Thick mud swirling around his hip waders, U.S. Fish and Wildlife biologist Bill Bridgeland marched toward the banks of the Coquille River, net in one hand, the other hand outstretched, palm up, skimming the surface.
BANDON — Thick mud swirling around his hip waders, U.S. Fish and Wildlife biologist Bill Bridgeland marched toward the banks of the Coquille River, net in one hand, the other hand outstretched, palm up, skimming the surface. Bridgeland's prey: rough-skinned newts, red-legged frogs, Northwest salamanders and rare Pacific Giant salamanders.
By late afternoon on a recent weekday, he had captured all of the above, including 1,200 newts.
But this was a rescue mission, a friendly trap-and-transfer, to spare the critters from certain death at the hands of the bulldozer that was lurching along the ditch behind Bridgeland, smothering with fresh dirt what water remained in what once was one of the South Coast's largest tidal marshes.
The transfer of species out into safer pastures is one of the more sensitive and painstaking components of a massive Fish and Wildlife effort the biggest reclamation and re-creation of a tidal marsh ever attempted in Oregon.
The 418-acre expanse on the north side of the Coquille River was once a thriving wetland, home to shorebirds and salmon smolts alike. But as they have at countless other tidal marshes on the coast, farmers built dikes along the river decades ago, to keep the land mostly dry and suitable for grazing.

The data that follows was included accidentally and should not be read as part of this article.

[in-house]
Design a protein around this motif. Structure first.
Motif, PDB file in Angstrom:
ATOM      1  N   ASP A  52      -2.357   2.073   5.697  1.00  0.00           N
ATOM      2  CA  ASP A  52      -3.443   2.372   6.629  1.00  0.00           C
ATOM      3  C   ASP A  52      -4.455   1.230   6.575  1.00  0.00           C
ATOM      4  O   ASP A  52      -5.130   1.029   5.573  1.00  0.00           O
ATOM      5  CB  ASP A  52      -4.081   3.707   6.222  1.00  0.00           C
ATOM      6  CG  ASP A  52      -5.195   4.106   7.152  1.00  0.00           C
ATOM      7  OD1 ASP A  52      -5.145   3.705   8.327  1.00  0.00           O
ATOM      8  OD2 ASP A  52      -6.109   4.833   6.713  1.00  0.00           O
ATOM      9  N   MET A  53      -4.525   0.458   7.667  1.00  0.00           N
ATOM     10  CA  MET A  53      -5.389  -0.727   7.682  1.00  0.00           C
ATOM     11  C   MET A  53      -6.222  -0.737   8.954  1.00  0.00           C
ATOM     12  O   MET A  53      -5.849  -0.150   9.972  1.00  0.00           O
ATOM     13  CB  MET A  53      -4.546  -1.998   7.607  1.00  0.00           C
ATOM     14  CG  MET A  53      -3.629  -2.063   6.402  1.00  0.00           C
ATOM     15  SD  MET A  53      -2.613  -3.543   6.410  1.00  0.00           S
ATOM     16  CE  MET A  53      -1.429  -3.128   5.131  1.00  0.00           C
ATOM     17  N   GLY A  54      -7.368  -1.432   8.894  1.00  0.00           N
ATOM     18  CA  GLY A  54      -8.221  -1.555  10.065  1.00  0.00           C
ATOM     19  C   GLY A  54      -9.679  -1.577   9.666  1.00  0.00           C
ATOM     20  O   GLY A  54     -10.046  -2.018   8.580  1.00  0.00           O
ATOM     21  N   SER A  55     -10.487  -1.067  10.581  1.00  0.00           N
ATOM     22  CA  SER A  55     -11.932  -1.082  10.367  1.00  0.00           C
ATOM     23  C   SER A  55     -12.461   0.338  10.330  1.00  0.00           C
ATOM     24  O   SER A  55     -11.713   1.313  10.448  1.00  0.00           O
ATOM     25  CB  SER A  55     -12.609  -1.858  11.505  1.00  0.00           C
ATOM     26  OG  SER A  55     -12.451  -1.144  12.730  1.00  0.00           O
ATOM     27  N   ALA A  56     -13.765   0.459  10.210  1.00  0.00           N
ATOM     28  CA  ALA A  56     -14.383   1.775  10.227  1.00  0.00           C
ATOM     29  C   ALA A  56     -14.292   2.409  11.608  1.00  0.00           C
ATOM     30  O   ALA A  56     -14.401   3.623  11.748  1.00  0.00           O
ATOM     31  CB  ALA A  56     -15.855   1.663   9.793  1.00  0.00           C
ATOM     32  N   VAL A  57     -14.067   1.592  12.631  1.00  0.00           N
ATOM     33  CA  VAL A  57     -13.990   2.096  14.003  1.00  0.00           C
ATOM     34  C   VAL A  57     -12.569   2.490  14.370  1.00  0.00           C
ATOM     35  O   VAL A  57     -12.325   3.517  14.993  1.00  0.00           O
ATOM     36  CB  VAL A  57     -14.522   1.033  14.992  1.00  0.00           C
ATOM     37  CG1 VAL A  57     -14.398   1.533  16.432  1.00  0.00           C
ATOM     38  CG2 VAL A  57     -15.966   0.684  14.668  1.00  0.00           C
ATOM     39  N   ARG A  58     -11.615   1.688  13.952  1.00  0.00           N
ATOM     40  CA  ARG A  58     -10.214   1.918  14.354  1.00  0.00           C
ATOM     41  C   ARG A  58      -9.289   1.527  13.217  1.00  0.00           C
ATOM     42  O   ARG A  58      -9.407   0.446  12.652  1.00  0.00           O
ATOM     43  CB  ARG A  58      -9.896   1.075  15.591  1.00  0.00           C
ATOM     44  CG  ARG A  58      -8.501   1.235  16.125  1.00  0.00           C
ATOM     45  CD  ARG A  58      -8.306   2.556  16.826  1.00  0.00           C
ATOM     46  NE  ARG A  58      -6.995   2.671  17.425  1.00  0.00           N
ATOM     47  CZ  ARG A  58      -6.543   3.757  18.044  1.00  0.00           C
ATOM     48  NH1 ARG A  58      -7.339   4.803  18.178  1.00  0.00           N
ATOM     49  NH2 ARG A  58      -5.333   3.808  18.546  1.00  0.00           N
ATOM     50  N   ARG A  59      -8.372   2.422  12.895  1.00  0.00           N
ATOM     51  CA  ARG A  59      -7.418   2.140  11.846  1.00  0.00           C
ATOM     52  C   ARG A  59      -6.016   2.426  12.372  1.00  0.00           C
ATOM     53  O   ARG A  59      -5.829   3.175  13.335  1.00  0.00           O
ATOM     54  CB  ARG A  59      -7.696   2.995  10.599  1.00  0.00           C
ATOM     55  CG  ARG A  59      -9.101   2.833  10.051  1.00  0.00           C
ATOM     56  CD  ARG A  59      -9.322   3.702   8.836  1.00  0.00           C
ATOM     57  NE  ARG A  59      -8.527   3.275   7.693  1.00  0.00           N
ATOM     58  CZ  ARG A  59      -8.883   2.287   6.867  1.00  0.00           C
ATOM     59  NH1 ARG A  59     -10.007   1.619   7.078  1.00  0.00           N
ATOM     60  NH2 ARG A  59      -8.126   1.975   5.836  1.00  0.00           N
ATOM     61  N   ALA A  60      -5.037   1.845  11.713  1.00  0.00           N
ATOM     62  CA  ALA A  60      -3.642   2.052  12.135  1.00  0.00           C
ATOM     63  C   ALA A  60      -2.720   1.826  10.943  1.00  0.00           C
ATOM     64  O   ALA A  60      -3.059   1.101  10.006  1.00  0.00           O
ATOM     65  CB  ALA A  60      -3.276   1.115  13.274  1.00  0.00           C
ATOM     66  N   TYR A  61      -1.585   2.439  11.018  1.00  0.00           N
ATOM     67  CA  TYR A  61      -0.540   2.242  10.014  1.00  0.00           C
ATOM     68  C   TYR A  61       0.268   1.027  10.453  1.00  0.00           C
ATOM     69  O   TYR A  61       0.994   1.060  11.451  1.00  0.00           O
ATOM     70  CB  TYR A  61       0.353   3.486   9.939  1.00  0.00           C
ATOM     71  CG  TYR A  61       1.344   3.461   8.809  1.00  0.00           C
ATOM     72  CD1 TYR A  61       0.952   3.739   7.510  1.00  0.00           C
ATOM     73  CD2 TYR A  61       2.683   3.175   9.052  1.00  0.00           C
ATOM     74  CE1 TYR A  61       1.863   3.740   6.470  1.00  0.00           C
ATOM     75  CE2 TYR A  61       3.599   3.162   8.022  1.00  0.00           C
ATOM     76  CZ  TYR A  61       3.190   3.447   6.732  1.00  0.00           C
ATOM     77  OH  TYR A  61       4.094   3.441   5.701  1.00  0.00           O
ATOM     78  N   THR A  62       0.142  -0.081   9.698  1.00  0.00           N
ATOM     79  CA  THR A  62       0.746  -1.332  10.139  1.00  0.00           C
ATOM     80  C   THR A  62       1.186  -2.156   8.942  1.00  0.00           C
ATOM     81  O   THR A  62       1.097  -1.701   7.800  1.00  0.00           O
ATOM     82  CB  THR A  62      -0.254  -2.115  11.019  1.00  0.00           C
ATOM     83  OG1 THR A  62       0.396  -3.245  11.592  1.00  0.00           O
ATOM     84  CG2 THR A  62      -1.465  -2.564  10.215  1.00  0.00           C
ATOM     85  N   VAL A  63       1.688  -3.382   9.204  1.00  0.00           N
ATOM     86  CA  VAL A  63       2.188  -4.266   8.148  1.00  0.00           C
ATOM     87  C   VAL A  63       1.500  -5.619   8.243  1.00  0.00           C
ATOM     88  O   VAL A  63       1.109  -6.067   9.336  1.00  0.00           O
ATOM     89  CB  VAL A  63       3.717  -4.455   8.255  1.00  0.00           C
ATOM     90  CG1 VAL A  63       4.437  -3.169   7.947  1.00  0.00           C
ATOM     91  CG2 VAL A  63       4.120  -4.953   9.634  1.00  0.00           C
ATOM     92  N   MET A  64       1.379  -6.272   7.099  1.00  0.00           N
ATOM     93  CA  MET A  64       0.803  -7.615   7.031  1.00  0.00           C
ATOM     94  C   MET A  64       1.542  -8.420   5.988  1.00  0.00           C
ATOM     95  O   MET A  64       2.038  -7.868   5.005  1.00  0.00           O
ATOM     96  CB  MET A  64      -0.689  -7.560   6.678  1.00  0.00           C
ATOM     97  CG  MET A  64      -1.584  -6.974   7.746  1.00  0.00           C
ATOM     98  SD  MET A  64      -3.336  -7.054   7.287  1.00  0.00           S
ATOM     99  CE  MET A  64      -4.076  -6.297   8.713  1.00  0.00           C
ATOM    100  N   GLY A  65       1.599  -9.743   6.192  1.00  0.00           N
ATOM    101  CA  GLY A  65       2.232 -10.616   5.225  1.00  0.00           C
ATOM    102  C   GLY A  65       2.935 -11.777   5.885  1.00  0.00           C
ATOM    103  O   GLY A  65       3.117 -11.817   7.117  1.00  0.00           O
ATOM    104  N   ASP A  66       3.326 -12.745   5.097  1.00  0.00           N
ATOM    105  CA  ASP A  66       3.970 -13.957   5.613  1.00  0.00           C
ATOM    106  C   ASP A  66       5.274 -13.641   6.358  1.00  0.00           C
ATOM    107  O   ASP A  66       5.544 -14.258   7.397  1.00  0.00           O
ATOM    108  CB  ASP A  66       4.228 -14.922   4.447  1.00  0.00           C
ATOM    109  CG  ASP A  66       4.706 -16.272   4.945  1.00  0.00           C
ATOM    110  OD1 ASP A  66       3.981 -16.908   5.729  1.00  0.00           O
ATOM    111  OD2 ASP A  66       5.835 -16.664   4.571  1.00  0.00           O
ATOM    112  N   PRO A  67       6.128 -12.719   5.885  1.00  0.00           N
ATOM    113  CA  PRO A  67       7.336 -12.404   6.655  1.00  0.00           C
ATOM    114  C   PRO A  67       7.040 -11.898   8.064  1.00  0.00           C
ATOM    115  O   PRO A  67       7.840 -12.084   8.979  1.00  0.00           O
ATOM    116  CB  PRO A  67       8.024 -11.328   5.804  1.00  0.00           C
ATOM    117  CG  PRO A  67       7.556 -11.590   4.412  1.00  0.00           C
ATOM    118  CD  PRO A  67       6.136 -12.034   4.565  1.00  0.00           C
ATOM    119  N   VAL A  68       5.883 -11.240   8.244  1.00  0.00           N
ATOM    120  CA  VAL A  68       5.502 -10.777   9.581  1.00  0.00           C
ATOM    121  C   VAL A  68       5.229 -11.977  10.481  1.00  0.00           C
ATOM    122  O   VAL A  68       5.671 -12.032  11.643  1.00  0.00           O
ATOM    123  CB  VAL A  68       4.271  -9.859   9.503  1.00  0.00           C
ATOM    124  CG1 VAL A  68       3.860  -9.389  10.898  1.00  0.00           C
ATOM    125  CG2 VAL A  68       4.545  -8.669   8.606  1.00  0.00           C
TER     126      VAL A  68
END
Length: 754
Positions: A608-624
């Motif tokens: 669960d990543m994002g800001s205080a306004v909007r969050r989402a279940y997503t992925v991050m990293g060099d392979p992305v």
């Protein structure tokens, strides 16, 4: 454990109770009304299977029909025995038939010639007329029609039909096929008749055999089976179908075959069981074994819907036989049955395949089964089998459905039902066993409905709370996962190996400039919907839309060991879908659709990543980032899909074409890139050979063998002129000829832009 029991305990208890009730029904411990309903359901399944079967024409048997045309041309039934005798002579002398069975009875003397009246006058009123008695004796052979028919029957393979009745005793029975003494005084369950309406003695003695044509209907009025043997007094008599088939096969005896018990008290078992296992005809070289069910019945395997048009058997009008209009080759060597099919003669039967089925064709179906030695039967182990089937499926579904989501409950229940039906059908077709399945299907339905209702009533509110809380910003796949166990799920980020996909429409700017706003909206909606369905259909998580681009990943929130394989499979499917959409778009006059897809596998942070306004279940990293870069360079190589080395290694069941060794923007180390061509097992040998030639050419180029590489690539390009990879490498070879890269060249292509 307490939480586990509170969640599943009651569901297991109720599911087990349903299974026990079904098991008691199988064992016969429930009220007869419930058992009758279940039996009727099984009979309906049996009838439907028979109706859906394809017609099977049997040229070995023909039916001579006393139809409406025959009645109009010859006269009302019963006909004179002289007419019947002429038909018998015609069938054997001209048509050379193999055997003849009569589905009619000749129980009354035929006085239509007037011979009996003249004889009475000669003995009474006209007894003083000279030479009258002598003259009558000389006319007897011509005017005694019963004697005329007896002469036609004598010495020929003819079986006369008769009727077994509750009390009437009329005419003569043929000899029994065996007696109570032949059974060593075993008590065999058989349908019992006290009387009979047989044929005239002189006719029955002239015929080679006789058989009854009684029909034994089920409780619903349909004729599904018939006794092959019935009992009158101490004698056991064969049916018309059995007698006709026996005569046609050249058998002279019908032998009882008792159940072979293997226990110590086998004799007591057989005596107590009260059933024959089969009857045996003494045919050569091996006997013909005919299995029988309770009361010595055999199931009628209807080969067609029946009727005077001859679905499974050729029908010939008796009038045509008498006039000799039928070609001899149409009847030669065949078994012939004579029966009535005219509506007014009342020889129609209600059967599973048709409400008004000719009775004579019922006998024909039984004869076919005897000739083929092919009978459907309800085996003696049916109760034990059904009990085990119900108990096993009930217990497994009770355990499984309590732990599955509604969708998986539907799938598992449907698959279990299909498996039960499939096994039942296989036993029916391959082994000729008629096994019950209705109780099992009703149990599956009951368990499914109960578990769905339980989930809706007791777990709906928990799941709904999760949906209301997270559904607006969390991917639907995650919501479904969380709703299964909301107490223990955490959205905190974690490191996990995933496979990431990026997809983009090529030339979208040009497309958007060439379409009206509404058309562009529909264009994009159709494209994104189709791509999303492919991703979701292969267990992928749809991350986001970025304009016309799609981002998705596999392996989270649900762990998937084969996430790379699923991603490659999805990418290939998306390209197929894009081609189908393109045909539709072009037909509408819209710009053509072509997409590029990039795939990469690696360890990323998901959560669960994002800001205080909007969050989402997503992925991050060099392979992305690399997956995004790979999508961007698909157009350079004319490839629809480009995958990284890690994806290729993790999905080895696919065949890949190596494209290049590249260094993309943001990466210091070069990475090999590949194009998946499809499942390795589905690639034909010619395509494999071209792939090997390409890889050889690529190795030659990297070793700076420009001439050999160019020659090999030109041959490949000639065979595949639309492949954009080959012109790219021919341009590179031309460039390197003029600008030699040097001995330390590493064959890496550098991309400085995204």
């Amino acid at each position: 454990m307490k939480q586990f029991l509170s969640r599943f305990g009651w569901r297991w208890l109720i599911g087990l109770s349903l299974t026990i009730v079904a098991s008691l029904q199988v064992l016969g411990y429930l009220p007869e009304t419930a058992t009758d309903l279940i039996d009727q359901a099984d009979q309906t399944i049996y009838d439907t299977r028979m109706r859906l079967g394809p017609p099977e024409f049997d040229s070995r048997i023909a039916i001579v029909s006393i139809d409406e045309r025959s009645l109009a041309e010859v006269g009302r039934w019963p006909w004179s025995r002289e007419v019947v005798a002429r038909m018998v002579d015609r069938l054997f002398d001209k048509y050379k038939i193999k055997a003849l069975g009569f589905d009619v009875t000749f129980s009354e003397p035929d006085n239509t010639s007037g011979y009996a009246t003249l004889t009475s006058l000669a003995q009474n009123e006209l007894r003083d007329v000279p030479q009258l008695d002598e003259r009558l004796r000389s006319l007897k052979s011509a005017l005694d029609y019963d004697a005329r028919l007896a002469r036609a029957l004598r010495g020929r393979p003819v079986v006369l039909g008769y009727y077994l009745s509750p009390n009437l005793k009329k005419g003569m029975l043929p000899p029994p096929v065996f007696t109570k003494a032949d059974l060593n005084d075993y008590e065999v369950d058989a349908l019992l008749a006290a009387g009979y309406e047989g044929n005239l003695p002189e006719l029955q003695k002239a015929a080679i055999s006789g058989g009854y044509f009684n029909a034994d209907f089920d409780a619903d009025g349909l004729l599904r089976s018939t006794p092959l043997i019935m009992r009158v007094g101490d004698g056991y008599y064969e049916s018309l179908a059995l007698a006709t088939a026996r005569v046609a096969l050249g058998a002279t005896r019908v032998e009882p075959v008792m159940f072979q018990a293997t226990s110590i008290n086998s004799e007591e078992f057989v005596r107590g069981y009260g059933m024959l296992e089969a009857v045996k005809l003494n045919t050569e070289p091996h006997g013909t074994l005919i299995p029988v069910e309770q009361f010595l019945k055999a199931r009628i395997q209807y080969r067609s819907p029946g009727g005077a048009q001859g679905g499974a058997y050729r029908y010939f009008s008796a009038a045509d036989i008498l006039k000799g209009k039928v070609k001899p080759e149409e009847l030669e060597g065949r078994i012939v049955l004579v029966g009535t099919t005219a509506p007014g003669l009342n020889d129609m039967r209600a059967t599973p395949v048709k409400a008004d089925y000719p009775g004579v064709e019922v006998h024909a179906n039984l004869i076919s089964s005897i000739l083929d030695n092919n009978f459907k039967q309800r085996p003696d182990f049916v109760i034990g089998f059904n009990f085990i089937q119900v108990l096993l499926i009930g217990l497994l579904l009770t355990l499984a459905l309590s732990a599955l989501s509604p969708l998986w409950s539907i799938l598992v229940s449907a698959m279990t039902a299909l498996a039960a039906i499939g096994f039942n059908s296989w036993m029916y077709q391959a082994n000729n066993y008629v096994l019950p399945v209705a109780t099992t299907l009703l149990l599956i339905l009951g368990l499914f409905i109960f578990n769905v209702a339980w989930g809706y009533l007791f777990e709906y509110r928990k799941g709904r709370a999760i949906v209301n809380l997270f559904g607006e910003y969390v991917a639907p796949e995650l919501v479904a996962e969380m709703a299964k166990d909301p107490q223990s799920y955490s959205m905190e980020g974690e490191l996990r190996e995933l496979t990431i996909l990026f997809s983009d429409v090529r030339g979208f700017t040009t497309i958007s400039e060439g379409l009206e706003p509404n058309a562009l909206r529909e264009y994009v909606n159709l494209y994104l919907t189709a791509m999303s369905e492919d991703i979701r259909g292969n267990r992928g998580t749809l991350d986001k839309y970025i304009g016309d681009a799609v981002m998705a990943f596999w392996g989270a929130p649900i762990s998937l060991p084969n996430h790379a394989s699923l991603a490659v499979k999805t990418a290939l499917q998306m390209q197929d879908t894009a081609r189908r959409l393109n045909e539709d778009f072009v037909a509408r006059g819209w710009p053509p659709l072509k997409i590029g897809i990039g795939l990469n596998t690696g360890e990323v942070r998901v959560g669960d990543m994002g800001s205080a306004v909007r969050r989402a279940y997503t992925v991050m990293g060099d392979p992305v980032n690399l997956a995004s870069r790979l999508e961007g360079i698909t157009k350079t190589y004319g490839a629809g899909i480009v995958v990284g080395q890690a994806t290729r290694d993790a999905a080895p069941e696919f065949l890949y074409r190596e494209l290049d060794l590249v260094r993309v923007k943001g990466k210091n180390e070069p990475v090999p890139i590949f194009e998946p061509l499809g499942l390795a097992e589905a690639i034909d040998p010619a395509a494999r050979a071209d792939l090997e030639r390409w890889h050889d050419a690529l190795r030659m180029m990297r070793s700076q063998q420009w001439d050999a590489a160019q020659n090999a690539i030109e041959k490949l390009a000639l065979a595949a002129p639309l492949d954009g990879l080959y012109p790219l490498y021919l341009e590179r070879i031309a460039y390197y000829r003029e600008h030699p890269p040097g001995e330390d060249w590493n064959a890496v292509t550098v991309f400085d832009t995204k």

Until 1990, this property was home to a dairy farm. After that, ranchers continued to use it for cattle to roam around and munch grass, said Roy Lowe, a project leader for U.S. Fish and Wildlife.
It's the federal agency's mission to return the tract, and others like it, to their natural state, restoring critical habitat for birds and threatened species such as coastal coho salmon. The government bought the property in 2000 from several different landowners, spending close to $3 million. Some of the land was donated.
The restoration project's cost is $9.5 million, which includes $4.8 million in Federal Highway Administration funding, $2.7 million in stimulus money from the American Recovery and Reinvestment Act, $1 million from the New Carissa Restoration Fund and $1 million from the Oregon Watershed Enhancement Board.
The agency now plans to use that money to knock down the old dikes along the Coquille River, raise the road on the northern edge of the property, run the power lines underground, re-create 41/2; miles of creek and tidal channels that once allowed brackish water to flow in and out of the property naturally, and take out the tidegates that were used to regulate water flow. Bridgeland's work was to fill in 15 miles of ditches that were used to drain the property.
"You don't get opportunities like this very often," said Lowe, of the chance to improve such a large parcel all at once. "It's going to be pretty exciting to see the water flow in here again."